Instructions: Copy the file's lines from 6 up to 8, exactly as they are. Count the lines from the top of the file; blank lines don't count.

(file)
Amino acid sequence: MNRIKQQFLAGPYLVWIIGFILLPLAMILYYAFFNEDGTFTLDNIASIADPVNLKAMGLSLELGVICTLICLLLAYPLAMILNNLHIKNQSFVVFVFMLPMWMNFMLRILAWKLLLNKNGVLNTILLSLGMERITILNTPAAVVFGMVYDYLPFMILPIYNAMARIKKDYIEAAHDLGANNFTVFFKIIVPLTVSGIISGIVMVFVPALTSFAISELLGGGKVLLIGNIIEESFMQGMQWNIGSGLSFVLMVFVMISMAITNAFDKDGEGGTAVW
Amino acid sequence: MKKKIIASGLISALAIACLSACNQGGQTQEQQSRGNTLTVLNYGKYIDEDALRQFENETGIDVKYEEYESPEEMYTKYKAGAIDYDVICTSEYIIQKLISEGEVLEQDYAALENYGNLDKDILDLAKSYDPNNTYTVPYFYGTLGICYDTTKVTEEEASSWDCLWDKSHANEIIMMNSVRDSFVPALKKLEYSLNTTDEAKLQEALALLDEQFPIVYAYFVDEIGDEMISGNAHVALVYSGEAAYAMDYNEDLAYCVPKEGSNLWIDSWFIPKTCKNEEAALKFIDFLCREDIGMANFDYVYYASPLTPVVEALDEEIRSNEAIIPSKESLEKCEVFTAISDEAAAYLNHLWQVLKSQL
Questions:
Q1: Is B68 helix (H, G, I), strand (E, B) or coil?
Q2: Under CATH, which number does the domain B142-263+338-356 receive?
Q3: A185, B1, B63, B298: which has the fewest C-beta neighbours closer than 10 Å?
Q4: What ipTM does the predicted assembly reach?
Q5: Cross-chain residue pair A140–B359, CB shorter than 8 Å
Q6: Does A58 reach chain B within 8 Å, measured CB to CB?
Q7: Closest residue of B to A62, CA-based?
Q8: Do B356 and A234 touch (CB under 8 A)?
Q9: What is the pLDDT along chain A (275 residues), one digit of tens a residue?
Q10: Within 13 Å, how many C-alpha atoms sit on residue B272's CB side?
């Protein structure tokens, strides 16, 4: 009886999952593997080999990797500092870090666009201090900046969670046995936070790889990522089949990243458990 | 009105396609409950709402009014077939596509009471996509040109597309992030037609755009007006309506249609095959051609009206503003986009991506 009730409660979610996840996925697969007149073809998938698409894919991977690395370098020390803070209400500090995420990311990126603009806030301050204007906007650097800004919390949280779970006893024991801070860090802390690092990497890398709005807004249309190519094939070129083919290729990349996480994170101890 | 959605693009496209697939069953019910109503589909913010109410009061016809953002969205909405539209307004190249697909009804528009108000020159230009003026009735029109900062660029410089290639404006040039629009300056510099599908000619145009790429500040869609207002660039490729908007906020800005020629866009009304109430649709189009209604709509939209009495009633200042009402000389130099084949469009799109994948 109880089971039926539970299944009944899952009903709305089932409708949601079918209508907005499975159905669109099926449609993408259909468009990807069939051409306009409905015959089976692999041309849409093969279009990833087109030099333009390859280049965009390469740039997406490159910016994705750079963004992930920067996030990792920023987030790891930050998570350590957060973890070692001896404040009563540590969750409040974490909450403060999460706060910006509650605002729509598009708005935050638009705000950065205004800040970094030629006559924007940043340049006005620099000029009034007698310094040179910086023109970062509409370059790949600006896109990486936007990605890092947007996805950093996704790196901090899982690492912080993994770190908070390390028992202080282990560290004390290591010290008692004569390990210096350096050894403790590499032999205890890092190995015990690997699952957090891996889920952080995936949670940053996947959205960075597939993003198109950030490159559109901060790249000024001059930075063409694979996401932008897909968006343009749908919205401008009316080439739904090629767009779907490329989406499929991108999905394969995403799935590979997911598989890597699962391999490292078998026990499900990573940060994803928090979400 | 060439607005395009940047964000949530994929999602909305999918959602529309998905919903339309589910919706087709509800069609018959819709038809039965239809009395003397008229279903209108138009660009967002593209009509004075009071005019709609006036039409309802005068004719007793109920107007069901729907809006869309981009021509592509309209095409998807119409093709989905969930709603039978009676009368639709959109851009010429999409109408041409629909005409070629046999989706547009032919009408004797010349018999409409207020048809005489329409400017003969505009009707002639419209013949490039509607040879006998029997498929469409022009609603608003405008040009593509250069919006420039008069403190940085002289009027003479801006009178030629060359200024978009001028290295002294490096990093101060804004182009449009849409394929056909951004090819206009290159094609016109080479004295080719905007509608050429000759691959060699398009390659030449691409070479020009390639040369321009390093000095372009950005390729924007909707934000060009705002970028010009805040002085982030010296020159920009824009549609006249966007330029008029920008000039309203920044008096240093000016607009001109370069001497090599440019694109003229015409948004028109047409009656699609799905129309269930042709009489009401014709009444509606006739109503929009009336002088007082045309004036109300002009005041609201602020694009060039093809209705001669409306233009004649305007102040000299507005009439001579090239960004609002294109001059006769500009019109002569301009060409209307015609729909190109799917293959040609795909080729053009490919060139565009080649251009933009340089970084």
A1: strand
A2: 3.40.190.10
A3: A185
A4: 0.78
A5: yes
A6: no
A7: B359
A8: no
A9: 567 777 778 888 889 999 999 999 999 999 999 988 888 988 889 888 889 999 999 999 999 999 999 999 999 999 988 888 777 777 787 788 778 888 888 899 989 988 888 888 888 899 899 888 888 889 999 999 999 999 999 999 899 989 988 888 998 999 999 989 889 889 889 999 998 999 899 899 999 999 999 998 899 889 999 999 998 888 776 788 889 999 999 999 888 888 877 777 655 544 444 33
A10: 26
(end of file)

Q3: A185, B1, B63, B298: which has the fewest C-beta neighbours closer than 10 Å?
Q4: What ipTM does the predicted assembly reach?
Q5: Cross-chain residue pair A140–B359, CB shorter than 8 Å